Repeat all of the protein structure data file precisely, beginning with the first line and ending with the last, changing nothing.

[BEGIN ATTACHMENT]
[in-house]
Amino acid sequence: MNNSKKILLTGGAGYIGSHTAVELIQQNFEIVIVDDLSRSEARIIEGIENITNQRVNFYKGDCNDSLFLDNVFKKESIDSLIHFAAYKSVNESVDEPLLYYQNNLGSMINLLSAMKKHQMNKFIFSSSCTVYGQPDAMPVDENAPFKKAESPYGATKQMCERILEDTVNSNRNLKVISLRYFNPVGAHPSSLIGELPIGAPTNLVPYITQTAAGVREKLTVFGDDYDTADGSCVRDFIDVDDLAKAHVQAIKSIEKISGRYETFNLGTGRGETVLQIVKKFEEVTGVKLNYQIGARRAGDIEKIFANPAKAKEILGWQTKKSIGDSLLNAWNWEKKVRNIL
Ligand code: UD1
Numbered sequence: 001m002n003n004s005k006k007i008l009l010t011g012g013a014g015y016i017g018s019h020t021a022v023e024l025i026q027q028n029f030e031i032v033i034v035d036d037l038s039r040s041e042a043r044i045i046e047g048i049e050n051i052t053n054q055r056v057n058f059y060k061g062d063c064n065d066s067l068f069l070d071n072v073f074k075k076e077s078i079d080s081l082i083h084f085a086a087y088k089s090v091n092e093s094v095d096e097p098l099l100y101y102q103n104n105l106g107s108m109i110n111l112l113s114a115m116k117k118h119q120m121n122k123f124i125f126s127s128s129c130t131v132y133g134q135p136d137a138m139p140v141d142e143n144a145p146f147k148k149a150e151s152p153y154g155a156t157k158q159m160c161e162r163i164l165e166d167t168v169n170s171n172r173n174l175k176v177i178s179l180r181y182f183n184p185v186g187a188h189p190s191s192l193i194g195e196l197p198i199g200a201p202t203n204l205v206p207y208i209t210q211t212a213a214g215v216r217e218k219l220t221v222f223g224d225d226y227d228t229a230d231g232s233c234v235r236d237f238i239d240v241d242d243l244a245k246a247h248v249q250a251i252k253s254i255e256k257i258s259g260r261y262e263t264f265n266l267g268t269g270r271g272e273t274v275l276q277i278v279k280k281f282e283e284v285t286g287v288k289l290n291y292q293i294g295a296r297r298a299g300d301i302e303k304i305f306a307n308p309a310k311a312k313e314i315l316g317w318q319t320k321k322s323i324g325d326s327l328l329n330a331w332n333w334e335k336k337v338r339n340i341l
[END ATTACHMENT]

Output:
[in-house]
Amino acid sequence: MNNSKKILLTGGAGYIGSHTAVELIQQNFEIVIVDDLSRSEARIIEGIENITNQRVNFYKGDCNDSLFLDNVFKKESIDSLIHFAAYKSVNESVDEPLLYYQNNLGSMINLLSAMKKHQMNKFIFSSSCTVYGQPDAMPVDENAPFKKAESPYGATKQMCERILEDTVNSNRNLKVISLRYFNPVGAHPSSLIGELPIGAPTNLVPYITQTAAGVREKLTVFGDDYDTADGSCVRDFIDVDDLAKAHVQAIKSIEKISGRYETFNLGTGRGETVLQIVKKFEEVTGVKLNYQIGARRAGDIEKIFANPAKAKEILGWQTKKSIGDSLLNAWNWEKKVRNIL
Ligand code: UD1
Numbered sequence: 001m002n003n004s005k006k007i008l009l010t011g012g013a014g015y016i017g018s019h020t021a022v023e024l025i026q027q028n029f030e031i032v033i034v035d036d037l038s039r040s041e042a043r044i045i046e047g048i049e050n051i052t053n054q055r056v057n058f059y060k061g062d063c064n065d066s067l068f069l070d071n072v073f074k075k076e077s078i079d080s081l082i083h084f085a086a087y088k089s090v091n092e093s094v095d096e097p098l099l100y101y102q103n104n105l106g107s108m109i110n111l112l113s114a115m116k117k118h119q120m121n122k123f124i125f126s127s128s129c130t131v132y133g134q135p136d137a138m139p140v141d142e143n144a145p146f147k148k149a150e151s152p153y154g155a156t157k158q159m160c161e162r163i164l165e166d167t168v169n170s171n172r173n174l175k176v177i178s179l180r181y182f183n184p185v186g187a188h189p190s191s192l193i194g195e196l197p198i199g200a201p202t203n204l205v206p207y208i209t210q211t212a213a214g215v216r217e218k219l220t221v222f223g224d225d226y227d228t229a230d231g232s233c234v235r236d237f238i239d240v241d242d243l244a245k246a247h248v249q250a251i252k253s254i255e256k257i258s259g260r261y262e263t264f265n266l267g268t269g270r271g272e273t274v275l276q277i278v279k280k281f282e283e284v285t286g287v288k289l290n291y292q293i294g295a296r297r298a299g300d301i302e303k304i305f306a307n308p309a310k311a312k313e314i315l316g317w318q319t320k321k322s323i324g325d326s327l328l329n330a331w332n333w334e335k336k337v338r339n340i341l